Spanish Finance Minister Elena Salgado is having a series of meetings with her EU counterparts to try to hammer out an accord on a revision of the Savings Tax Directive ahead of a Council meeting, on 19 January. EU finance ministers will convene in Brussels to make up ground lost in December 2009, when Austria and Luxembourg put their foot down over the automatic sharing of savers’ bank account information.
Changes to Directive 2003/48/EC were proposed in November 2008 to close loopholes for interest paid via tax-exempt trusts and charities, as well as to include interest payments on life insurance and other complex financial products. The revision is being negotiated alongside anti-fraud agreements with Switzerland, Liechtenstein, Andorra, San Marino and Monaco, as well as two directives on administrative cooperation (COM(2009)29) and tax recovery (COM(2009)28).
Moves to combat tax evasion have intensified since last April’s G20 meeting in London, when the Organisation for Economic Cooperation and Development (OECD) published a black list of tax havens, naming and shaming the five non-EU tax centres — alongside Austria, Luxembourg and Belgium — for not following through on promises to sign tax information exchange agreements with at least 12 other countries (the internationally agreed standard).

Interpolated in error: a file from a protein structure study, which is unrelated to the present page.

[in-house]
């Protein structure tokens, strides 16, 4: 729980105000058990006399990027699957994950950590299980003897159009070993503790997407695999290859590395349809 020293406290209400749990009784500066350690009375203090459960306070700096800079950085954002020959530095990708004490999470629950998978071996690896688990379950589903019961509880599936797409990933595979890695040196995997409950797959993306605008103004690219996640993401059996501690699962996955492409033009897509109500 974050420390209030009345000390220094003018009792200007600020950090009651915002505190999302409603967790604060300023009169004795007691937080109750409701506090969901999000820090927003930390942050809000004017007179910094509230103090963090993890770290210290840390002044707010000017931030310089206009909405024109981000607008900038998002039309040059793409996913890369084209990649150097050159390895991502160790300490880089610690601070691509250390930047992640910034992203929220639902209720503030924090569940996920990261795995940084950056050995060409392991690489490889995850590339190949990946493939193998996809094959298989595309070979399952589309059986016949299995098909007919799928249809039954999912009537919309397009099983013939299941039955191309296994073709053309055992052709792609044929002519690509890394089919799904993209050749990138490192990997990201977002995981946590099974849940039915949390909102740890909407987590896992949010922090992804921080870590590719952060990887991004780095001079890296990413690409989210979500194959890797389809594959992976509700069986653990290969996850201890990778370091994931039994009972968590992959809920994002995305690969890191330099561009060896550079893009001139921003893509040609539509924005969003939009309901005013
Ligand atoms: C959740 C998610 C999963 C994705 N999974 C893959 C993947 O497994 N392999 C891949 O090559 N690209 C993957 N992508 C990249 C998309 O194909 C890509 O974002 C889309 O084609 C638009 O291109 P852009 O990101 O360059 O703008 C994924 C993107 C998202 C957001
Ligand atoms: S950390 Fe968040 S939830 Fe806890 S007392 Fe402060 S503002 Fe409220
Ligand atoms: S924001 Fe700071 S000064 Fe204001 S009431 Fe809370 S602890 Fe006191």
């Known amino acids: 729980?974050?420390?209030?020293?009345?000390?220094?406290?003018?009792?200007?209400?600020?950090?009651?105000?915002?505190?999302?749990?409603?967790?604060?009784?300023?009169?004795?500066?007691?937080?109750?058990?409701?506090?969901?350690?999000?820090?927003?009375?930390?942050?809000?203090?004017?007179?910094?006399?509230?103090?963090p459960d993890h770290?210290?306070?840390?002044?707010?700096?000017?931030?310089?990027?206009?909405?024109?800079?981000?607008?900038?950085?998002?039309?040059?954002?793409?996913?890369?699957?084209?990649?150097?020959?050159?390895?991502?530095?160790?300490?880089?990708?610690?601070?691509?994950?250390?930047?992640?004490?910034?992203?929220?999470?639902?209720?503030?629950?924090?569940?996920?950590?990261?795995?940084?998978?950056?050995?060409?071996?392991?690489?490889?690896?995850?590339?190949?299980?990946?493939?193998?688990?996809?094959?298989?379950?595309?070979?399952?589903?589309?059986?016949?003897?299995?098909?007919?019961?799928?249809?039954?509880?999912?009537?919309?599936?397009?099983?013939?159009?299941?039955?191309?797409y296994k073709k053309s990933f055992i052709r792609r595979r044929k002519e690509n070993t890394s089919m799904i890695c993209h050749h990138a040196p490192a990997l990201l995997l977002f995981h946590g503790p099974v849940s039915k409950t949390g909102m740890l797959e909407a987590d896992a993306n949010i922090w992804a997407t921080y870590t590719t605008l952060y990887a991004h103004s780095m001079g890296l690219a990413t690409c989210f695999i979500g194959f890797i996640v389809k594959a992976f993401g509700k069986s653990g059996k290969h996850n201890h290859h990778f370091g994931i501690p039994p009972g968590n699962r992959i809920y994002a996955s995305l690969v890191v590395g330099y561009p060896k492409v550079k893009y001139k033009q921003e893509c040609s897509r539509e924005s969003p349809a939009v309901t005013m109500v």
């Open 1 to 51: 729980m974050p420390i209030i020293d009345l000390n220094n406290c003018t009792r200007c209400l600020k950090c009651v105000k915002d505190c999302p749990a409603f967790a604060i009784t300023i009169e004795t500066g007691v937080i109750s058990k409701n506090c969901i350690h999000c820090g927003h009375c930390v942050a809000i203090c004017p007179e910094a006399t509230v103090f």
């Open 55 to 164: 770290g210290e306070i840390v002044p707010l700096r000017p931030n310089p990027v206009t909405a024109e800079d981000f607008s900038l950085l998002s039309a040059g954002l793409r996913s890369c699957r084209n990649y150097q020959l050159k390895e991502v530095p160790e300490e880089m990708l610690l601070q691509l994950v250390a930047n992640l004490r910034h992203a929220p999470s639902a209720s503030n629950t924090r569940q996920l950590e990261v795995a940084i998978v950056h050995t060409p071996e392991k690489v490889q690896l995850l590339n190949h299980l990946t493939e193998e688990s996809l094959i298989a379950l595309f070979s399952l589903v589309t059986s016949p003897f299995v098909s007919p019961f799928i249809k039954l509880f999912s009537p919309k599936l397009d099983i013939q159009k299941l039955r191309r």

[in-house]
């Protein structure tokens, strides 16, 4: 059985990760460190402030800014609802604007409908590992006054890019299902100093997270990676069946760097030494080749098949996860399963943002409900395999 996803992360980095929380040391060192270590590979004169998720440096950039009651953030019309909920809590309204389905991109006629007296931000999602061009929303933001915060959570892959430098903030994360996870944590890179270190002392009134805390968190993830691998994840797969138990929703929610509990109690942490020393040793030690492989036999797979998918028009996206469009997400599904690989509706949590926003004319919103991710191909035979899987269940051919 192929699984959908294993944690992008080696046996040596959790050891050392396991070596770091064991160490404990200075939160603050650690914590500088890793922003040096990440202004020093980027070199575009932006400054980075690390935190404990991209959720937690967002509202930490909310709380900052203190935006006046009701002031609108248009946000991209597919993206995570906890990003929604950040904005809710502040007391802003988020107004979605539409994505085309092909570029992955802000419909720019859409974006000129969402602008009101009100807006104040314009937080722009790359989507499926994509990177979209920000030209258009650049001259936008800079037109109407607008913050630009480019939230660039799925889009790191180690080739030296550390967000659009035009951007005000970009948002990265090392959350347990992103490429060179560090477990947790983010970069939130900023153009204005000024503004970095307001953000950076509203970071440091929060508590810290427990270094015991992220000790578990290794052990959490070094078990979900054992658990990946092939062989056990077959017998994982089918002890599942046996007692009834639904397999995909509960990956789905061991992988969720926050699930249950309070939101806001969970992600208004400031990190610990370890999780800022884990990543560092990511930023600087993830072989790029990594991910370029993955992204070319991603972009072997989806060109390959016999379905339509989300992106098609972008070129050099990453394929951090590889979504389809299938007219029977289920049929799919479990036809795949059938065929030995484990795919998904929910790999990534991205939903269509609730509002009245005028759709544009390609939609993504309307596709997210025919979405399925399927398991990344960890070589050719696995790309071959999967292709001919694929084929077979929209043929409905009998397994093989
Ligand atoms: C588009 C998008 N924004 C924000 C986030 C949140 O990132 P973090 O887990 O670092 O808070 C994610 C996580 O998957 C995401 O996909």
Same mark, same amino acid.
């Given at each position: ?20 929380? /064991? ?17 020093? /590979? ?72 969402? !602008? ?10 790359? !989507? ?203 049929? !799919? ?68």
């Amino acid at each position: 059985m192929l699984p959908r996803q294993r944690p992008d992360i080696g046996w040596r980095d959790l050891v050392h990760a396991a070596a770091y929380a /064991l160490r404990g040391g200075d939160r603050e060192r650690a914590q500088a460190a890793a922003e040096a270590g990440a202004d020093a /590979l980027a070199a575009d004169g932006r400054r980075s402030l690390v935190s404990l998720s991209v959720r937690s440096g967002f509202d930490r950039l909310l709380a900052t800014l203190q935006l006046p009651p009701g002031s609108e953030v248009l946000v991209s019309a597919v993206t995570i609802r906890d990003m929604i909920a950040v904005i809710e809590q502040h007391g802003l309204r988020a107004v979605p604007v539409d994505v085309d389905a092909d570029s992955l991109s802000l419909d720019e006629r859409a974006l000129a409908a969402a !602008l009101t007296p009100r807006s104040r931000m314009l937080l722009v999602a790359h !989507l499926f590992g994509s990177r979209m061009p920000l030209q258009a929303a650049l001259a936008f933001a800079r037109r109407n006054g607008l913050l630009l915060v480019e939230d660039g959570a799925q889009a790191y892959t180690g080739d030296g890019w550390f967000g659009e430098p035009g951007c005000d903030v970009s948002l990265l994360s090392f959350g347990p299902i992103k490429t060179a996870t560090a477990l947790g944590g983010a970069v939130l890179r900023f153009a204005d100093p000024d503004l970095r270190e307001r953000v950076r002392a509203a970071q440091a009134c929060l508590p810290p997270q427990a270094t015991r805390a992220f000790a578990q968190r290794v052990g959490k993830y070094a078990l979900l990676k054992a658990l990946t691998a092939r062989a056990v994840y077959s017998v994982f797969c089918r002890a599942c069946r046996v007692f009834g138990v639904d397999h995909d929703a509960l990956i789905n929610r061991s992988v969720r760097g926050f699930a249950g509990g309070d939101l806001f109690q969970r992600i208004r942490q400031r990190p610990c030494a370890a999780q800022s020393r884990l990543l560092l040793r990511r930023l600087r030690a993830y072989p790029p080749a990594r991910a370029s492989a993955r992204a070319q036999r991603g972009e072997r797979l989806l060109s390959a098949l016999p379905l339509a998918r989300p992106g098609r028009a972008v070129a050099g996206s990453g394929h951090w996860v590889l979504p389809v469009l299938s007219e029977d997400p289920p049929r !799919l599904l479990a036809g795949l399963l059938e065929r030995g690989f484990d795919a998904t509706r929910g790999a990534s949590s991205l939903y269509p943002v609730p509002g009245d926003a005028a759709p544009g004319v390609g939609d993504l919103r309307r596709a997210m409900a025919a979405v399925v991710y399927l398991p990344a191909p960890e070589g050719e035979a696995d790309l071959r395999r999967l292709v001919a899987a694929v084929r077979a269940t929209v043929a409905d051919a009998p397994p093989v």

Austria and Luxembourg — as well as Belgium - have a temporary opt-out under EU savings tax rules, which came into force in 2005, allowing them to continue applying a withholding tax to non-residents’ interest payments, rather than swapping bank account data with other countries. But if Liechtenstein and the other four non-EU states agree to exchange information on request — which is part and parcel of the new anti-fraud agreements — it will trigger the end of the EU’s transitional period. It means Austria, Belgium and Luxembourg will have to switch to automatic data sharing with other EU member states, while Switzerland and the rest of the non-EU jurisdictions will not. Luxembourg is furiously opposed to mandatory data-sharing if foreign tax shelters are not subject to similar rules, while France is pushing to tighten up standards across the board.
Luxembourg's behaviour annoys me intensely. There is only one reason for the European Union Savings Tax Directive: it is designed to stop tax evasion.
In that case it seems to me that Luxembourg is supporting tax evasion.
And that makes me very angry.